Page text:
Public opinion misled by the Commission on air transport safety

TRAN, Committee on Transport and Tourism meeting (EU Parliament Audiovisual Services).

European Parliament. TRAN, Committee on Transport and Tourism meeting (EU Parliament Audiovisual Services).

The Transport committee of the European Parliament (TRAN) blocked yesterday with 21 votes to 13 an EU Commission’s proposal to rearrange flight times for pilots and cabin crews. If the uninformed reader had only the chance to read just the Press release issued afterwards by the responsible, or rather irresponsible, Commissioner and Commission Vice President Siim Kallas, he or she would have thought that the poor man is fighting to secure better safety conditions for air passengers, and those legislators wanted to undermine it. Of course the truth is exactly the opposite. Commission’s misleading attitude shows even from the title of its Press release, issued after the Parliament vote, reading like that: “Aviation Safety: Parliament Committee vote puts at risk key measures to improve aviation safety”. Let’s follow the story right from the start.

Sleeping in the cockpit

Some days ago in view of this parliamentary vote, the British Airline Pilots Association (Balpa) published the results of a survey within its membership about their working practices. According to Press reports the inquiry was commissioned because it had become known that on 13 August this year the two pilots on an Airbus passenger flight were asleep at the same time, while the aircraft was flown on the autopilot.

The results of the survey were quite frightening for us simple air passengers. Around 56% of Balpa members admitted having fallen asleep at least once, while flying a plane during the past three months. What is even more unacceptable 29% of those who fell asleep while flying the plane, when woken found that the co-pilot was also asleep. In short that Airbus was not the only one plane flying above Europe with both pilots sleeping. Out of the 500 pilots who participated in the survey 43% answered that their abilities were drastically undermined at least once a month during the past six months from physical fatigue, and 84% said this had happened at least once during the past six months. 49% of them maintained that pilot fatigue was the gravest safety risk in air flights, three times greater than any other danger.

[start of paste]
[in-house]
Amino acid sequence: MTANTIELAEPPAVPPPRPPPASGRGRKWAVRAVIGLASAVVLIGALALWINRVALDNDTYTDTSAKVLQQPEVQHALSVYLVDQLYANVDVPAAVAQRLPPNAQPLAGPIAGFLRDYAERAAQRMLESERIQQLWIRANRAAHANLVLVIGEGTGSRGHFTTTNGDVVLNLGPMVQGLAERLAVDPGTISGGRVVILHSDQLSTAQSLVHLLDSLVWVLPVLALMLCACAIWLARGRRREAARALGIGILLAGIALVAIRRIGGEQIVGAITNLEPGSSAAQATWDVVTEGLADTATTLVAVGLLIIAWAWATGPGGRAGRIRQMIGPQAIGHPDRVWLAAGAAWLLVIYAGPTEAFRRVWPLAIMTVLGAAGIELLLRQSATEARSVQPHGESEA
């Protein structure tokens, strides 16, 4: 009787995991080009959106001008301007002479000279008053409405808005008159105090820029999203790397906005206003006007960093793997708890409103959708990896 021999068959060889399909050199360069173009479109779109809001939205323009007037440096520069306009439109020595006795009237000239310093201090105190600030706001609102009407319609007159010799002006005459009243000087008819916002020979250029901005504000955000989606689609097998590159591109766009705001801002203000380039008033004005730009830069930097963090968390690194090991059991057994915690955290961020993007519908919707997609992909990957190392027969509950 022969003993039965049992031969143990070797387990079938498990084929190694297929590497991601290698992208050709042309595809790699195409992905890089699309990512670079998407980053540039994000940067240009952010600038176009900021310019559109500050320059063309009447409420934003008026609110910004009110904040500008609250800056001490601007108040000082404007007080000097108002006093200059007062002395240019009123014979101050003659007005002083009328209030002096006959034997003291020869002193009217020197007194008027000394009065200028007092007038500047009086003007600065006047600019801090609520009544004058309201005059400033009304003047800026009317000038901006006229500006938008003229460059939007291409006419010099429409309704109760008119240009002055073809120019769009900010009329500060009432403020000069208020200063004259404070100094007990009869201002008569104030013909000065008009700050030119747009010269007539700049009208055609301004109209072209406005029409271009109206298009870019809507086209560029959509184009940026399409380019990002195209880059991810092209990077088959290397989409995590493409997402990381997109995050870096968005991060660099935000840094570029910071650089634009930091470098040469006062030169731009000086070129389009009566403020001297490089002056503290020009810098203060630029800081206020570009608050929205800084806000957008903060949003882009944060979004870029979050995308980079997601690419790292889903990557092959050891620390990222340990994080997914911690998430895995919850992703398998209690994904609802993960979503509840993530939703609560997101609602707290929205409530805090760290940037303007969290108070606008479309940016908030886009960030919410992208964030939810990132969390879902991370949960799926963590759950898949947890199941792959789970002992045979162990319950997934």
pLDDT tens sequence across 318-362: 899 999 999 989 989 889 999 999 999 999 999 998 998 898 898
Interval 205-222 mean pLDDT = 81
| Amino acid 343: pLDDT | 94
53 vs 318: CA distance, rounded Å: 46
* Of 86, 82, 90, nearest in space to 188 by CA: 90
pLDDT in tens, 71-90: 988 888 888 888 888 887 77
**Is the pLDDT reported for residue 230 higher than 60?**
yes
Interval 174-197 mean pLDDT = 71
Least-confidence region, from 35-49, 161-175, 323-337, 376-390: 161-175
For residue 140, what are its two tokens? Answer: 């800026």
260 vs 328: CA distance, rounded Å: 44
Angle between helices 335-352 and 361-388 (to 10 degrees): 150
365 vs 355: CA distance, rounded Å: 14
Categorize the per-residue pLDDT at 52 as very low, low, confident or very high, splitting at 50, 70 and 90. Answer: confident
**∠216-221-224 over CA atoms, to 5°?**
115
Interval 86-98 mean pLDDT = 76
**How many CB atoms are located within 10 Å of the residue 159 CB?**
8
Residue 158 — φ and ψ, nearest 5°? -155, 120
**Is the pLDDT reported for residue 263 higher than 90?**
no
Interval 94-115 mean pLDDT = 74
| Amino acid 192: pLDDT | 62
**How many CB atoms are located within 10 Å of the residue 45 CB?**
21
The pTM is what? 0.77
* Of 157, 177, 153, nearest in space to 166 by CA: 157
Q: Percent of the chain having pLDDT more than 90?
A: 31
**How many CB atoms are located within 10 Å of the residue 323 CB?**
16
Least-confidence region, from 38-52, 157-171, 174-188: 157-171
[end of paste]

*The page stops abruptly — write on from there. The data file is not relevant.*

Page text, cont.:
According to industry sources what was at stake yesterday at the European Parliament was clearly a pronounced deterioration in pilots working conditions. The new rules were to allow them to land an aircraft after being awake for 22 hours and being forced to work at seven straight early starts than currently three. It was exactly all that the European Parliament Transport Committee refused to approve. The Civil Aviation Authority however has said it supports the Commission’s proposal and commented that the incident of 13 August with the two pilots sleeping at that Airbus flight “was an isolated incident”.

No changes allowed